Focus Panel : Discussion on Content Marketing

ContentI’m always tickled to be included among smart people on a panel to discuss social media, communications, and other issues. Earlier this month, I was honored to be included in the following group for an online panel on Content Marketing moderated by Steve Farnsworth of Jolt Social Media and hosted by

Joining me were:

You can hear the audio (approx. 1 hour) from the panel at the archive page, or play it directly from this link:


Rather than try to recap the conversation, I did want to pull out some of the more interesting bits we covered. If you have any comments, feel free to leave them here or at the archive page.

  • When starting a content marketing program- what are your content assets?
  • Create expectations with your content by being consistent
  • Write in a way that’s engaging without sacrificing the marketing goals of your content
  • Think about metrics in terms of program tracking but also in terms of what the C-suite wants (and needs) to hear
  • Think about where talent comes from for content marketing programs- perhaps not from the marketing and PR industries, but from traditional content creating roles like journalism
  • Topics I never touch on (like marketing automation) were brought up, underscoring the need for PR, Marketing and other communications departments to be aligned in content marketing efforts
  • The shrinking world of effective free tools for managing online content, with some input from the audience to tools they use. (I have been hearing a lot about Crowdbooster lately, for example)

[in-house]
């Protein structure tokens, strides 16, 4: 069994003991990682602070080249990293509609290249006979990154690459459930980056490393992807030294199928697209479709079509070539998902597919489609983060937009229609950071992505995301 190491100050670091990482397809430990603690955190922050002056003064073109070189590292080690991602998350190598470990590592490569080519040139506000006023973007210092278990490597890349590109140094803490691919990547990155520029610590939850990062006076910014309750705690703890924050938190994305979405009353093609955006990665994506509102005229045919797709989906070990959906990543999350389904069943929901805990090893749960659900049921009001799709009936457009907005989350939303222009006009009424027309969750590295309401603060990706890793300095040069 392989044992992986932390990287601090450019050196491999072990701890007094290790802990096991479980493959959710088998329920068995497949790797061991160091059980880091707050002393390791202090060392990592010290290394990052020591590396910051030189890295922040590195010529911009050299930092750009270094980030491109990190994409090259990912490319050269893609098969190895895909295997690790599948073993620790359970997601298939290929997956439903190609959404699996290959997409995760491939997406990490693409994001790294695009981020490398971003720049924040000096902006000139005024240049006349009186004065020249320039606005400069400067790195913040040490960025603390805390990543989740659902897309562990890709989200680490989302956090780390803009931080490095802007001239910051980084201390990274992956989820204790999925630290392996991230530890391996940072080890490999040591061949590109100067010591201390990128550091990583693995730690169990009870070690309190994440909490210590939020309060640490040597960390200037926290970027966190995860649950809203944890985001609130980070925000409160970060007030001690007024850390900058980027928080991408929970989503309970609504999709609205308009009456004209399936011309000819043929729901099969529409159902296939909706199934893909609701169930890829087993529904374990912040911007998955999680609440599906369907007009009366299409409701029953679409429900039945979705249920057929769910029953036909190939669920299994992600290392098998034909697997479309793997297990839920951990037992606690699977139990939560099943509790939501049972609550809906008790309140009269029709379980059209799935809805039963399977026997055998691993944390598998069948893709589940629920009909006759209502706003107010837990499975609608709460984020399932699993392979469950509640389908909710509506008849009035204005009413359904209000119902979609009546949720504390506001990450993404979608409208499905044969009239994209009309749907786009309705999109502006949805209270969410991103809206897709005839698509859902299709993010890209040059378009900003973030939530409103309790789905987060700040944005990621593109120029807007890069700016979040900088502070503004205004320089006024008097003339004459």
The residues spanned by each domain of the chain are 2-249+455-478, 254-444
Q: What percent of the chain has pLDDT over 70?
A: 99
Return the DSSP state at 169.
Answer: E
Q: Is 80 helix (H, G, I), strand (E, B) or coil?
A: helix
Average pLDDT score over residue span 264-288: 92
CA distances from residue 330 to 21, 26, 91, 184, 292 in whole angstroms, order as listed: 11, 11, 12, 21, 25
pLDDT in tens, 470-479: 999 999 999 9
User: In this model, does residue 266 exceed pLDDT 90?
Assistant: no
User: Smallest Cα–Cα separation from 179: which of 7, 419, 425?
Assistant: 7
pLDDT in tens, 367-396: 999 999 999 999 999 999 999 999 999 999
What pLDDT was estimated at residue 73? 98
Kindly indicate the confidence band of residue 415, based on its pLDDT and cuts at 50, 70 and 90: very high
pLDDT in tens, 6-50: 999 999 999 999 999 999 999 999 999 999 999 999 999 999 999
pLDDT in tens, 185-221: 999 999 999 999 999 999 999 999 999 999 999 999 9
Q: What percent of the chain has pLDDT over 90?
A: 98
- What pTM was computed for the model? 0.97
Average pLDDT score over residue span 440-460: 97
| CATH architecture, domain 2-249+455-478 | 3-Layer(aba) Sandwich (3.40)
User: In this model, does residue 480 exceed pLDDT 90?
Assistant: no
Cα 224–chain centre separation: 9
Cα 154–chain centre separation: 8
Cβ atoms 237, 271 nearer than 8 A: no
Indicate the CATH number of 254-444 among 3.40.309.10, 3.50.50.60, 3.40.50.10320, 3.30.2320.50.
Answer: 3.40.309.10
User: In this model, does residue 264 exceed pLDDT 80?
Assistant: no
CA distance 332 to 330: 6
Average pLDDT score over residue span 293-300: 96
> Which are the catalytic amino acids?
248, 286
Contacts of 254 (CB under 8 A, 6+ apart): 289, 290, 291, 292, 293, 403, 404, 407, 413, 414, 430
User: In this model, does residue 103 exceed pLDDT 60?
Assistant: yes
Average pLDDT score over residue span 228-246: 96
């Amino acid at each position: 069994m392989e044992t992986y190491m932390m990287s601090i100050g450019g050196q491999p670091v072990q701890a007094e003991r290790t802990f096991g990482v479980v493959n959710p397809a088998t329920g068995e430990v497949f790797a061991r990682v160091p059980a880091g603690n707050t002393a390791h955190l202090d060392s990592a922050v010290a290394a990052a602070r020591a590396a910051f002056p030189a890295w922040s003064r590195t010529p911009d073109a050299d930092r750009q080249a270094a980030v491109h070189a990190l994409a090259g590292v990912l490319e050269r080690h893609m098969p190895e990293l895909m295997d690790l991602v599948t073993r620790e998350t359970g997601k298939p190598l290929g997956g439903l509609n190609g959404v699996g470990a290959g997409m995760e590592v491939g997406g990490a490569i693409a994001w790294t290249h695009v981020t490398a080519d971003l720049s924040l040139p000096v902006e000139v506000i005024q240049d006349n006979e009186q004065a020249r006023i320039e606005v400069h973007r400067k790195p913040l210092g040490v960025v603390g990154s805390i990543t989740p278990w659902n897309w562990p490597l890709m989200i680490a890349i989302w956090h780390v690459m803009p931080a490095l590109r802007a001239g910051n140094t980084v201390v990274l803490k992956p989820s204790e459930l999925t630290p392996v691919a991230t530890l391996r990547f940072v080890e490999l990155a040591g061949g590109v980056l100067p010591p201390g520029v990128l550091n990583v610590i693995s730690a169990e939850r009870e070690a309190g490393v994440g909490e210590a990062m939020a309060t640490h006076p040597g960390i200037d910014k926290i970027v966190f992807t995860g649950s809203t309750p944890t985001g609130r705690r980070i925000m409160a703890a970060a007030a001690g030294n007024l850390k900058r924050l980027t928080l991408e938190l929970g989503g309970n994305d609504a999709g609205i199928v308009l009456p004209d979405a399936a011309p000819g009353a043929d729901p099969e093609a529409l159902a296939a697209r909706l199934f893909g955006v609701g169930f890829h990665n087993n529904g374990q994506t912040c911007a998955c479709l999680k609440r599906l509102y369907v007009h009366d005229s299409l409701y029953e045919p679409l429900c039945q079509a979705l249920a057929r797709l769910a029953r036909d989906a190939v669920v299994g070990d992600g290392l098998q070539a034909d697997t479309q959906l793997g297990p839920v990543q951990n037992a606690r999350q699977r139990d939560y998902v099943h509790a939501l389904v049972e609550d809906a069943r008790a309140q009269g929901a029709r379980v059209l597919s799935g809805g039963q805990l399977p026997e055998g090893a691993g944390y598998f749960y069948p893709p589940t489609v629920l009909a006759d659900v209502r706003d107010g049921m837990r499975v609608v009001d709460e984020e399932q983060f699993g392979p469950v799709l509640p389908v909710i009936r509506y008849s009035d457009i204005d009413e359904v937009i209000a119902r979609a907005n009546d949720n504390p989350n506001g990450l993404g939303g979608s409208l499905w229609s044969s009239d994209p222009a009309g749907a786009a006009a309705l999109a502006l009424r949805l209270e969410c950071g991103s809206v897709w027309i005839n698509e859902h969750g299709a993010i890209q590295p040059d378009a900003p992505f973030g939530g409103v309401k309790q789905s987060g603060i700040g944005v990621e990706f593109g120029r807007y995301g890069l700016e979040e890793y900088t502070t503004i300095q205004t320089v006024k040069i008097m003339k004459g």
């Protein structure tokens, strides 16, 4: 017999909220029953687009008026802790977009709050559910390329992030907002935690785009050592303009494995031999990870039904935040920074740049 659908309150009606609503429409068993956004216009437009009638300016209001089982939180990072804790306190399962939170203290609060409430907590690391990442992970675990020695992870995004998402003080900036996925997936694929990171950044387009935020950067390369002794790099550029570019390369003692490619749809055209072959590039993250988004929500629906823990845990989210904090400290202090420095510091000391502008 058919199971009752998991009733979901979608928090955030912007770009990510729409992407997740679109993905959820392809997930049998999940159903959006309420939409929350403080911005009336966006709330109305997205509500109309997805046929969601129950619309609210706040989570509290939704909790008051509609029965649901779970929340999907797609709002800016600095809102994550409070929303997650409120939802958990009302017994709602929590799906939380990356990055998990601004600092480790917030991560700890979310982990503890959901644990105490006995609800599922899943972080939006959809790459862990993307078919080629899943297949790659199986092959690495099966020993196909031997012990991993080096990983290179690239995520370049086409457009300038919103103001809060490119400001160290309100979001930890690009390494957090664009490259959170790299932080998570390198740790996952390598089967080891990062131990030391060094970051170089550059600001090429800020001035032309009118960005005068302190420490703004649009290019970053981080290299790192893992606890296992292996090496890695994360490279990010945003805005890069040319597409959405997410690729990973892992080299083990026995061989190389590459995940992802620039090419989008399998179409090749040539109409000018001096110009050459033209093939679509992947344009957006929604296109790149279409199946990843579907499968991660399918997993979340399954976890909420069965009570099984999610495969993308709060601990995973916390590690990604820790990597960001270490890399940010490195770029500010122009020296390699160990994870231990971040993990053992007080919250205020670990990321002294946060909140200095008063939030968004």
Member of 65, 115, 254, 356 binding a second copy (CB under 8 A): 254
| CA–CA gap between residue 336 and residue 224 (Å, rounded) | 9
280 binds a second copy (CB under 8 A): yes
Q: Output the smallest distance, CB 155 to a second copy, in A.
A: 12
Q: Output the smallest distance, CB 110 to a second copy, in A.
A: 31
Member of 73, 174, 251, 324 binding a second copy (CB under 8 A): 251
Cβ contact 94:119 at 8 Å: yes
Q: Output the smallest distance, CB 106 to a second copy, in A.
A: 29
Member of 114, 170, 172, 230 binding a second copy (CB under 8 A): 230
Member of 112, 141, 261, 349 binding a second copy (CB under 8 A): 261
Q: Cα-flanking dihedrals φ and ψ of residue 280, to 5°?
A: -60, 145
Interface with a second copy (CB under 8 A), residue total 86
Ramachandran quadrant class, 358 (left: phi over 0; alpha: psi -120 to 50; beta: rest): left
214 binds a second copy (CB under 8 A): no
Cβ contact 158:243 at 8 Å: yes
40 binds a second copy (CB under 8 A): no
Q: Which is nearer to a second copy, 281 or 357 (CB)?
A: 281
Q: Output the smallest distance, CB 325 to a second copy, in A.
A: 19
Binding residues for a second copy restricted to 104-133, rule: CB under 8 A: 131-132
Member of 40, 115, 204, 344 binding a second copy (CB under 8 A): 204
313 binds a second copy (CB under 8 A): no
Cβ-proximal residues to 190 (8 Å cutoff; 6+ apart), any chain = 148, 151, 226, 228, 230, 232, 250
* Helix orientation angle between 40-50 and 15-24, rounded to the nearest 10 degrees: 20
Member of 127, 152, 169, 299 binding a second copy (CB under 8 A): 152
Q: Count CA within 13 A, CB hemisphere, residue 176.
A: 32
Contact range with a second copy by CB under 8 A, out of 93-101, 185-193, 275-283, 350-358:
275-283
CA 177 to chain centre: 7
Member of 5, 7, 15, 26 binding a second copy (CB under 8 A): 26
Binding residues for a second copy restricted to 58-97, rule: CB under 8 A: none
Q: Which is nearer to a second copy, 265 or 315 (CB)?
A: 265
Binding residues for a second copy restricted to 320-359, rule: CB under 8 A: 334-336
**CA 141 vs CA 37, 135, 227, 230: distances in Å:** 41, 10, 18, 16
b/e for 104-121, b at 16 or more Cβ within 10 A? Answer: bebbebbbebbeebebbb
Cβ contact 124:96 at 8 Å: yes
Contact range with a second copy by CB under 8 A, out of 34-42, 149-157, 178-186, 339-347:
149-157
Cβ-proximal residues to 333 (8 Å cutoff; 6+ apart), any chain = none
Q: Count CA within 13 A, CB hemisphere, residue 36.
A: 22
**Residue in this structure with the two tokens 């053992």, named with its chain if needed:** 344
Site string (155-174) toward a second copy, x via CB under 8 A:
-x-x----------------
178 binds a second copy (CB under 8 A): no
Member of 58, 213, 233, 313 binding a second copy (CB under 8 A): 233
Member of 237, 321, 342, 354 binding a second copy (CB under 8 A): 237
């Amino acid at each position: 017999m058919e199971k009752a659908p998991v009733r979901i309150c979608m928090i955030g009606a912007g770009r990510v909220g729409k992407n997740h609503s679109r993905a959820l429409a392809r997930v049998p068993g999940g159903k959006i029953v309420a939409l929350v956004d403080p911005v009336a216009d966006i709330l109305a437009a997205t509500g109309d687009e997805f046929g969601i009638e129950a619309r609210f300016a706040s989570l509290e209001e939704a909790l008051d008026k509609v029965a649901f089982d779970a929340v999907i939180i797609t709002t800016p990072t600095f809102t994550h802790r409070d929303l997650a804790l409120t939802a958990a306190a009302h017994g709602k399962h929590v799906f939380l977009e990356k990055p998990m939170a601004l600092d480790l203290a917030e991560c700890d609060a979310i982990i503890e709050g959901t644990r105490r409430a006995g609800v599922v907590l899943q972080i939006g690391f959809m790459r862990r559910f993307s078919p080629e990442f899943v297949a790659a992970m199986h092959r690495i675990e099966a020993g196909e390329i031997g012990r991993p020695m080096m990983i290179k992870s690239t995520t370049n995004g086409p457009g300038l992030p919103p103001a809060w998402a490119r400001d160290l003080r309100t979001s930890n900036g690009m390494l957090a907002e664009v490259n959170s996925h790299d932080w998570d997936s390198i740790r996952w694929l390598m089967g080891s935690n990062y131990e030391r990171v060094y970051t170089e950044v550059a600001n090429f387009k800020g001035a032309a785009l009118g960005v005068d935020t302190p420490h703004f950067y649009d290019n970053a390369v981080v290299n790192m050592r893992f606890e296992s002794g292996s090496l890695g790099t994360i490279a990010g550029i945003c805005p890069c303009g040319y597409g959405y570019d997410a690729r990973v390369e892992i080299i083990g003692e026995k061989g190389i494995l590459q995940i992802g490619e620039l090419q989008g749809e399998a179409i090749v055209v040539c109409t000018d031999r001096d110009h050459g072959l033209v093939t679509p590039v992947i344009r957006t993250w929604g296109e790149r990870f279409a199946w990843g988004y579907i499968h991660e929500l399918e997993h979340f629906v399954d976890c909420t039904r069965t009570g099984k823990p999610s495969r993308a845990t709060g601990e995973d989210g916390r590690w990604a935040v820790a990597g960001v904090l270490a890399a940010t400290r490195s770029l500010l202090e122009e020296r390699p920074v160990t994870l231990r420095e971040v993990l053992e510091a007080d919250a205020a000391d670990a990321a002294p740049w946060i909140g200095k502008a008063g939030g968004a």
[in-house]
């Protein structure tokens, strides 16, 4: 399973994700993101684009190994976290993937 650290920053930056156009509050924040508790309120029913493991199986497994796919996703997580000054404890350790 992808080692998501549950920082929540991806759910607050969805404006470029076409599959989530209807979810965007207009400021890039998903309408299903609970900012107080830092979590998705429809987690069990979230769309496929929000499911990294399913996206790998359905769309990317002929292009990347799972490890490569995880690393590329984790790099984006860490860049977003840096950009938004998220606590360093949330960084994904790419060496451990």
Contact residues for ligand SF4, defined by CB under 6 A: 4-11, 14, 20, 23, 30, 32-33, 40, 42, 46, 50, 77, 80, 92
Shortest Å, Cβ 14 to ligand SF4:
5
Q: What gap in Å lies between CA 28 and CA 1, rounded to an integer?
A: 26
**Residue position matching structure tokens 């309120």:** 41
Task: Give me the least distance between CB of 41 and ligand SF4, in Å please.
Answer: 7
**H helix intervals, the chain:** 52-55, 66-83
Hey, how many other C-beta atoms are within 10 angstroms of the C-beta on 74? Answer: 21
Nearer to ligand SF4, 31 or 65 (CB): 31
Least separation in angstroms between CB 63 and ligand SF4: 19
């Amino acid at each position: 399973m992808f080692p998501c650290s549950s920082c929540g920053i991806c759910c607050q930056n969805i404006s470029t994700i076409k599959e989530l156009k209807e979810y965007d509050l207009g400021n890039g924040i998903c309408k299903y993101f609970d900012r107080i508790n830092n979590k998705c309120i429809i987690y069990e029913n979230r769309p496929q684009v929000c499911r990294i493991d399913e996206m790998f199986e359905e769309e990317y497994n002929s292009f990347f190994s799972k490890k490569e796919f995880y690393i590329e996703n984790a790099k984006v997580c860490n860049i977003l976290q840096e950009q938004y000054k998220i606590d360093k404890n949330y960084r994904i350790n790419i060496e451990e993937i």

• Ways to get contact from reluctant executives, such as Q&As and short videos
  • Whom and how many to follow on your social media accounts (and how much does that matter)? Relevancy and reciprocation matter
  • I was surprised and pleased to note the panel’s collective attitudes towards infographics (think “visual” not “infographic” as there are so many bad ones out there) and Klout as an influence measure (no thanks)
  • Plus: I got to throw in two of my favorite themes:
    • “No message control” in social media is a myth
    • “Data lies, trends don’t”
    • “Make me scroll, I’m gonna troll” (re: infographics)

I would love to hear your thoughts on the topic as well

Photo Credit: yourdoku on Flickr

Deleted Posts? Lemur-Burgers? Kneejerk Responses Make Social Media Marketers Look Like Idiots

I am a huge fan of pointing out mistakes social media marketers make, not to show up people who may be acting poorly or simply showing bad form (heavens!). More to the point, we should call out “worst practices” lest people think such things are OK and get the actors to answer questions about the questionable (sometimes the answers are pretty good). All considered, we ought to like to learn from and teach each other.